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I started off using an XML file and a parser as a convenient way to store my data

I want to use DTD to check the structure of the xml files when they arrive.

Here is my DTD file

< ?xml version="1.0" encoding="UTF-8"?>
< !ELEMENT document (level*)>
< !ELEMENT level (file,filelName?,fileNumber?)>
< !ELEMENT file (#PCDATA)>
< !ELEMENT filelName (#PCDATA)>
< !ELEMENT fileNumber (#PCDATA)>

(note that fileName and fileNumber are actually purely optional)

and

<document>
 <level>
  <file>group1file01</file>
 </level>
 <level>
  <file>group1file02</file>
  <fileName>file 2</fileName>
  <fileNumber>0</fileNumber>
 </level>
...

as such all this works fine. (I use eclipse "validate" option to test it for now)

however while testing I got what I think is a wierd error

if I do

 <level>
  <levelName>Level 2</levelName>
  <levelNumber>0</levelNumber>
        <file>group1level02</file>
 </level>

changing the order of the lines, Eclipse refuses to validate it ...

I was wondering if this was a problem with Eclipse or if the order is actually important.

If the order is important how can I change the DTD to make it work no matter the ordering of he elements?

I can't really change the XML because I already have all the XML files and the parser written (I know I did it the wrong way round lol).

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5 Answers 5

up vote 7 down vote accepted

As Roger said, there are only ordered lists, but you can use operator OR | to define all accepted combinations

<!ELEMENT level ((file,filelName?,fileNumber?)|(filelName?,fileNumber?,file))>

Look here, there is an example in the section Choices

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hum ... I would have thought it would be more flexible ... I'll have to go with || because I had to do so assumptions on the order the xml is read lol. thanks for the solution –  Jason Rogers Jan 20 '11 at 8:11
3  
This is not a valid DTD because it is not deterministic. Even if it were valid, it wouldn't allow the child elements in any possible order. –  jasso Oct 20 '11 at 8:49

With a DTD the child nodes have to appear in the order listed in the element definition. There is no way to allow for alternative orderings, unless you want to upgrade to an XSD schema.

Addendum: Per @Gaim, you can offer alternative orders using the (a,b,c...)|(b,a,c...) syntax, but this is not really practical for more than, say, 3 nested elements, since an arbitrary order allows for a factorial number of orderings -- 6 for 3 elements, 24 for 4 elements, 120 for 5 elements -- and clever use of ? operators is sure to result in false validation for strange cases.

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its for a really small system so I don't think it would be interesting to change to XSD but I'll look into it thanks –  Jason Rogers Jan 20 '11 at 8:09
1  
Not strictly true. You can allow for alternate orderings, you just have to explicitly list all the ones you want to allow. There isn't a great deal of difference between the ordering rules allowed in XML schema and a DTD, it's simply less painful to express them in a schema. –  Nic Gibson Jan 20 '11 at 11:19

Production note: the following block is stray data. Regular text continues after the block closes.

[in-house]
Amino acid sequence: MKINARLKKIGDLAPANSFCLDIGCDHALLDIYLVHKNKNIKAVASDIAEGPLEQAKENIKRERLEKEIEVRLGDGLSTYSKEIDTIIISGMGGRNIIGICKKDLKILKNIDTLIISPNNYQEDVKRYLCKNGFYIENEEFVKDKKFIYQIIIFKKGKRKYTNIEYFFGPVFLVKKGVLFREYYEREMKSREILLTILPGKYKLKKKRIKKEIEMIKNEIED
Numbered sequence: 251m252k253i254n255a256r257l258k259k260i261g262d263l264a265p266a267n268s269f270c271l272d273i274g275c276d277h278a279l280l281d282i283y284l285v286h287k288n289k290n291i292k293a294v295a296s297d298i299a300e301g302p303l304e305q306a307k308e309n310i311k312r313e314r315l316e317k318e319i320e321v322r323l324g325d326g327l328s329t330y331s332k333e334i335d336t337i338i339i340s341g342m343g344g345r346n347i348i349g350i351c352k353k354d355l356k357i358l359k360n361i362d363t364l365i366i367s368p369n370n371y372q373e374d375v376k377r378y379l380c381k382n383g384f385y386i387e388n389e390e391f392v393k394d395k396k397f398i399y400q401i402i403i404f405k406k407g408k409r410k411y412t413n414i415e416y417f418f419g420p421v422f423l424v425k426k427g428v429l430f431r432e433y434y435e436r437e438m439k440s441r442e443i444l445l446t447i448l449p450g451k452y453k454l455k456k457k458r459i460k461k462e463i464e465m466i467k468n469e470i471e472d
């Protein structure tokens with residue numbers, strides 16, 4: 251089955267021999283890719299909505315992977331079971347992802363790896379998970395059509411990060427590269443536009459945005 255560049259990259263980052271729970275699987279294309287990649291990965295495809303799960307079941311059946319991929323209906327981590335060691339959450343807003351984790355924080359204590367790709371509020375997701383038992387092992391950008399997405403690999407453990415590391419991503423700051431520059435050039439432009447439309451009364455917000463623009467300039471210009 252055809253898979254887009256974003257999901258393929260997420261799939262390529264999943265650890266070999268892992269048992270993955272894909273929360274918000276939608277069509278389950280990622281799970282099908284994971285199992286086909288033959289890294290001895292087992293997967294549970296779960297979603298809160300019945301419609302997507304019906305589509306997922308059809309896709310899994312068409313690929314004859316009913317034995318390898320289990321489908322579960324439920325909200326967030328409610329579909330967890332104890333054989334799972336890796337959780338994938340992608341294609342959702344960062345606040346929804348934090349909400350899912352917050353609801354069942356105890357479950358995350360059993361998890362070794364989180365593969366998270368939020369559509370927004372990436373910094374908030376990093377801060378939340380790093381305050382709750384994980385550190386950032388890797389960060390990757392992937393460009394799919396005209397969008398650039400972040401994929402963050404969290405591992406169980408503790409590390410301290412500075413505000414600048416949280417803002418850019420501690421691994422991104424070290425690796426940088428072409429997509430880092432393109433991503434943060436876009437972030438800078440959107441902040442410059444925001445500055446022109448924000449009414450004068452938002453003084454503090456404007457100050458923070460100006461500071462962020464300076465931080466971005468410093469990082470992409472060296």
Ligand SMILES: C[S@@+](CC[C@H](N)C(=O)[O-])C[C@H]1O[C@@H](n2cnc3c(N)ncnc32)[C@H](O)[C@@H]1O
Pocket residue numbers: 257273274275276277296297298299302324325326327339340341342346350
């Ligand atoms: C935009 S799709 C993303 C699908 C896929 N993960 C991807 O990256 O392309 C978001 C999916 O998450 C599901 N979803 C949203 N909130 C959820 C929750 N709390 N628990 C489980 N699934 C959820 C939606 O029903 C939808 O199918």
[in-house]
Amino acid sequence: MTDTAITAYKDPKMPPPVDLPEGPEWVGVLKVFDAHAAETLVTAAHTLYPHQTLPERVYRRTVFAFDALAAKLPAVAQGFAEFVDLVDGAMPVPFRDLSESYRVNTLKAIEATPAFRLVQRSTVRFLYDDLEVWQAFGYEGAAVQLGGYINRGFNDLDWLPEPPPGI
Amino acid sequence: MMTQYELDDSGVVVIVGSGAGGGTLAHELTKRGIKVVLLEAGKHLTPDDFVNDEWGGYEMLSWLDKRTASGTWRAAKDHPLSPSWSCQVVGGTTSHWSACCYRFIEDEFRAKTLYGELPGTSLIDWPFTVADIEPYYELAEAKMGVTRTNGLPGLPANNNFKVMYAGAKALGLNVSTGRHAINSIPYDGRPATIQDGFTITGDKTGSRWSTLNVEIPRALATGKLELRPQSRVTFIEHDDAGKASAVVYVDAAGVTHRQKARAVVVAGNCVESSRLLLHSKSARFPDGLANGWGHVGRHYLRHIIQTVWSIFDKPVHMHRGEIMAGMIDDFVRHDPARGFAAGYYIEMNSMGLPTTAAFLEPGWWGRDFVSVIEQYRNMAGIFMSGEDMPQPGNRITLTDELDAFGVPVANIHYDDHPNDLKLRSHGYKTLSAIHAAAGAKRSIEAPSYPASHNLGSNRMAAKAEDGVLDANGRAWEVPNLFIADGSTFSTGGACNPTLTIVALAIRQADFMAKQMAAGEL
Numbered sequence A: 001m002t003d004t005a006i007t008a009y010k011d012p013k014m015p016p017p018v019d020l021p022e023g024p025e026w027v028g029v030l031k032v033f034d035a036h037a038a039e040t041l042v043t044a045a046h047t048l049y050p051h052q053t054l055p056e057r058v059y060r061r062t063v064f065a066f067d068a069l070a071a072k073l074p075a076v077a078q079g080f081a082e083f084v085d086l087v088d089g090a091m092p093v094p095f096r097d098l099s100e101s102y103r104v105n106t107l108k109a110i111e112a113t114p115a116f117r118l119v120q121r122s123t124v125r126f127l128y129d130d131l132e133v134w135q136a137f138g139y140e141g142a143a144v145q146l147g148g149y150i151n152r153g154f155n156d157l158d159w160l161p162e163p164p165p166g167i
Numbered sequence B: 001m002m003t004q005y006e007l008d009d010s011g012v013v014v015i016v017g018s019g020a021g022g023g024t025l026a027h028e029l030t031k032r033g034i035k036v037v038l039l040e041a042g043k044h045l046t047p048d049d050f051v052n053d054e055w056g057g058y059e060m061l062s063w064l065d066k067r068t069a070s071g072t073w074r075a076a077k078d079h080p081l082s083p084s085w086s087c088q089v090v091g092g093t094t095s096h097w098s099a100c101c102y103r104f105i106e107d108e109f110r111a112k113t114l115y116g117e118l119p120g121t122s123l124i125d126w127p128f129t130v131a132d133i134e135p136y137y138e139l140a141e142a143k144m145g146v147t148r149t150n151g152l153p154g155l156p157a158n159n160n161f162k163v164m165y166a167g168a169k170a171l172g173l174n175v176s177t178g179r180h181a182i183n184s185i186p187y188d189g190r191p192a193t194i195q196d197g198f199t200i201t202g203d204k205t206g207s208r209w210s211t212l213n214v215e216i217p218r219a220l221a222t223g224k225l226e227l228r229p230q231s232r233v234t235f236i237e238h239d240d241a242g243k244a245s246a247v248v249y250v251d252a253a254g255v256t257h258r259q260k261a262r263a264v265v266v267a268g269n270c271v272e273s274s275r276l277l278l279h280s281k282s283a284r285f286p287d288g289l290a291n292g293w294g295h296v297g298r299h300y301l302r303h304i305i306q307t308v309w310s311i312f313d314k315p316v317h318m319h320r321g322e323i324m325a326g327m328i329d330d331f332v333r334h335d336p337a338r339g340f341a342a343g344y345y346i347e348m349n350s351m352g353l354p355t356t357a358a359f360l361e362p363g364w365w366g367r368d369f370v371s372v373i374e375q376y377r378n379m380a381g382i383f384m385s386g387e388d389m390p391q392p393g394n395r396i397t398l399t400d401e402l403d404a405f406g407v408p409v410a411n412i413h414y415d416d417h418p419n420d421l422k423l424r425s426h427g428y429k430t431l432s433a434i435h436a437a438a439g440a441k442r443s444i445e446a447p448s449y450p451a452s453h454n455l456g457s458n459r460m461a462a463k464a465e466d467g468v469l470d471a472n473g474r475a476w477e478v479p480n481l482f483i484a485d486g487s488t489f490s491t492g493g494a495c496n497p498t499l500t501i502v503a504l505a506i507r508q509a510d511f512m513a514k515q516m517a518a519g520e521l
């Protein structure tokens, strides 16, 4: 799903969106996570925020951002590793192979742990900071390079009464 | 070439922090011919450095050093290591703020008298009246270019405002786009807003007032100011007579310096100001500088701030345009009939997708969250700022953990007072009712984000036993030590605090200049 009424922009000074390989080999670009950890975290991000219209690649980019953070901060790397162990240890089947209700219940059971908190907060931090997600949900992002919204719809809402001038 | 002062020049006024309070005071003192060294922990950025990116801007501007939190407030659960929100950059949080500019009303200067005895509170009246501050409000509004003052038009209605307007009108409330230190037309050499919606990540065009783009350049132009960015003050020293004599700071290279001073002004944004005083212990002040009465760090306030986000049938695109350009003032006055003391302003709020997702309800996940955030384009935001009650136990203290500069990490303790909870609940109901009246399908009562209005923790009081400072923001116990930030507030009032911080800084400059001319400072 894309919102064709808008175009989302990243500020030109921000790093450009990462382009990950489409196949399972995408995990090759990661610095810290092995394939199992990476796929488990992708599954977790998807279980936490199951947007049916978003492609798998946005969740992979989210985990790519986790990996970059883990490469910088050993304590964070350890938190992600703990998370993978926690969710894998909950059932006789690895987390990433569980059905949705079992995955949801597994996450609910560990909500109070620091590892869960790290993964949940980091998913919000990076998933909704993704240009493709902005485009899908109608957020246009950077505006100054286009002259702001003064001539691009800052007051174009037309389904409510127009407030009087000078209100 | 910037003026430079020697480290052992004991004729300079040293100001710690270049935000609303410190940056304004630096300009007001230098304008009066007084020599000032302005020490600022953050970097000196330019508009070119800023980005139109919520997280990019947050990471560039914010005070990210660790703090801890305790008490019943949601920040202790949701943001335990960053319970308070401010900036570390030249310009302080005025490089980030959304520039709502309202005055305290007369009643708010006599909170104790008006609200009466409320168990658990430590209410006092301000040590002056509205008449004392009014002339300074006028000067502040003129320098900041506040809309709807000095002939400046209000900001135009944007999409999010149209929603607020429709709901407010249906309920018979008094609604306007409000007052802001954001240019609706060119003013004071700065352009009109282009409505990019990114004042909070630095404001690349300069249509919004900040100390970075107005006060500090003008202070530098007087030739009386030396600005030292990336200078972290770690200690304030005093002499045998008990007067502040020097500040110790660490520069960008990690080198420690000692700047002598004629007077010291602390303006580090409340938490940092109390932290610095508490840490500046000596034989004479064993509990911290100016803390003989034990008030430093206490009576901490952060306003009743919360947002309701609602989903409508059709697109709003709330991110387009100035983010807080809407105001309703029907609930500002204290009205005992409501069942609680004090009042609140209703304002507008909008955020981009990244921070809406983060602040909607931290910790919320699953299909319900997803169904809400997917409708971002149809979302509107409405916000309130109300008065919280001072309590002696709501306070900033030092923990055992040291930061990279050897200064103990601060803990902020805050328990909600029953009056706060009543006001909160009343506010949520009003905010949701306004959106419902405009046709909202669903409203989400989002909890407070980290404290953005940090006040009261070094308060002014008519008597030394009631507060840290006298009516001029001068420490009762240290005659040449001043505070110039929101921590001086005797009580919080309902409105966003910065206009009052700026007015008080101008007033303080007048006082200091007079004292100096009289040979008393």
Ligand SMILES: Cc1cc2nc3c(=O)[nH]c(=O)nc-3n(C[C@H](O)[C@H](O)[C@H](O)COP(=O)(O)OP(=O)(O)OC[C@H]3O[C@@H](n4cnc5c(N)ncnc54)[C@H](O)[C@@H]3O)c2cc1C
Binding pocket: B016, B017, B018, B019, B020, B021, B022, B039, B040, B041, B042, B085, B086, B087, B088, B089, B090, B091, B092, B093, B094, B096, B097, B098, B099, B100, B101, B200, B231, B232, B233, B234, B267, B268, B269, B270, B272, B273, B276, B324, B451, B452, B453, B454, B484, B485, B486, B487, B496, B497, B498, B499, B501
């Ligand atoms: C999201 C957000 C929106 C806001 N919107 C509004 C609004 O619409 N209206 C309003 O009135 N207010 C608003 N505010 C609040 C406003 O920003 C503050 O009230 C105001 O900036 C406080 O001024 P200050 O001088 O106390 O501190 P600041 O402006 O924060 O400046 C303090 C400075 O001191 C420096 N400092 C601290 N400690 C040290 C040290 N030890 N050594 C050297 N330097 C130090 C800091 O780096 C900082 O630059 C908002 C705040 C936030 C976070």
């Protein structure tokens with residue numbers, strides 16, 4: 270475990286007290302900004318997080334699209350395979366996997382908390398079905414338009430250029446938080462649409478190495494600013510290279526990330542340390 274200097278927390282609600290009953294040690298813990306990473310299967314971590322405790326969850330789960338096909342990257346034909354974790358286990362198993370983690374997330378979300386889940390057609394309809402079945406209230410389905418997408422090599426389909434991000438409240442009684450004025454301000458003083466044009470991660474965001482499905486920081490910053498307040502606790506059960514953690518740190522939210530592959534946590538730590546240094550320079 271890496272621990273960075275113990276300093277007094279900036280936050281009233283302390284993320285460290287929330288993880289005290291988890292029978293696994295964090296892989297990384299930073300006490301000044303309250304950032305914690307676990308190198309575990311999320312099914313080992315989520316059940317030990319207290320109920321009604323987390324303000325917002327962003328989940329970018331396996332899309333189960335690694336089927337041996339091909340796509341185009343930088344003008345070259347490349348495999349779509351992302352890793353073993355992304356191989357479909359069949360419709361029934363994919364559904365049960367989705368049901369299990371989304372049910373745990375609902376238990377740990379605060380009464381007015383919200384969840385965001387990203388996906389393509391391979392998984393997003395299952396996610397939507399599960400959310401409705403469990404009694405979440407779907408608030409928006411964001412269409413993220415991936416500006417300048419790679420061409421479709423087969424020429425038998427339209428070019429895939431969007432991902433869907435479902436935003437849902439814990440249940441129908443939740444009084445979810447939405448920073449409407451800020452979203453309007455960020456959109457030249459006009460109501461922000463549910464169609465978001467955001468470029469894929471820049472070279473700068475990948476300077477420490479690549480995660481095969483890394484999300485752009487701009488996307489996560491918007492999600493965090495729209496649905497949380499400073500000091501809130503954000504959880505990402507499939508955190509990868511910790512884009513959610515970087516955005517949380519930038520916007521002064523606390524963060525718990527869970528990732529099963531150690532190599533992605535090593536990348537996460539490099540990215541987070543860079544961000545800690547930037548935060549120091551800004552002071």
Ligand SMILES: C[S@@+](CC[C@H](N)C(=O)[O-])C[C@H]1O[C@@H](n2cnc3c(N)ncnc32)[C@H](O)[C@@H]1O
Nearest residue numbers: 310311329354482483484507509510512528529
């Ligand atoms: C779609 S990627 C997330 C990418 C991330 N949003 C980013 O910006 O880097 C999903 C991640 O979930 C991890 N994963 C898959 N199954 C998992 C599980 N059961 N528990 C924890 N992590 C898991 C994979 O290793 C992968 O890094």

Declaring unordered lists with occurrence constraints in DTD will often result in long or complicated looking declarations. One big reason for this is that DTDs must be deterministic, therefore even switching to XML Schemas don't necessarily help.

Here is a DTD declaration for element <level> that contains:

  • exactly 1 <file> element
  • 0-1 <fileName> elements
  • 0-1 <fileNumber> elements
  • in any possible order

code:

<!ELEMENT level ( (file, ((fileName, fileNumber?) | (fileNumber, fileName?))?)
                 |(fileName, ((file, fileNumber?) | (fileNumber, file)))
                 |(fileNumber, ((file, fileName?) | (fileName, file))) )>
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You can use ANY keyword if you don't bother too much about validity:

<!ELEMENT level ANY>

I have faced a similar problem here, this two cases may appear:

<Instructors>
  <Lecturer>
  </Lecturer>
  <Professor>
  </Professor>
</Instructors>

<Instructors>
  <Lecturer>
  </Lecturer>
  <Professor>
  </Professor>
</Instructors>

The only solution I found was this:

<!ELEMENT Instructors ANY>

Maybe there are a better solution, but it works fine for my particular problem.

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4  
It will be better to use: <!ELEMENT Instructors (Lecturer | Professor)*> –  Alexander Gryanko Jan 11 '14 at 0:12
    
So it seems. A year ago I couldn't find a better idea. –  rendon Jan 11 '14 at 1:37
1  
It seems you were doing the XML Exercise of the Stanford Database MOOC by Jennifer Widom...I got here because of the same problem :-) With <!ELEMENT Instructors (Lecturer | Professor)*> I get no error anymore from xmllint. –  Suzana_K Jan 14 '14 at 13:24
    
Thanks @Suzana_K & Alexander_Gryanko. I was including the operators after the attributes inside the parenthesis... –  drumchaps Sep 24 '14 at 15:53

If you can guess sensible upper-bound for the number of children for your element, than there is extremely dirty way how to overcome the problem. Follows the example for 0-3 children:

<!ELEMENT myUnorderedElement ( (option1 | option2 | option3)?, (option1 | option2 | option3)?, (option1 | option2 | option3)? >

Thus, you allow the element "myUnorderedElement" to have 0-3 children of any of type option1, option2 or option3.

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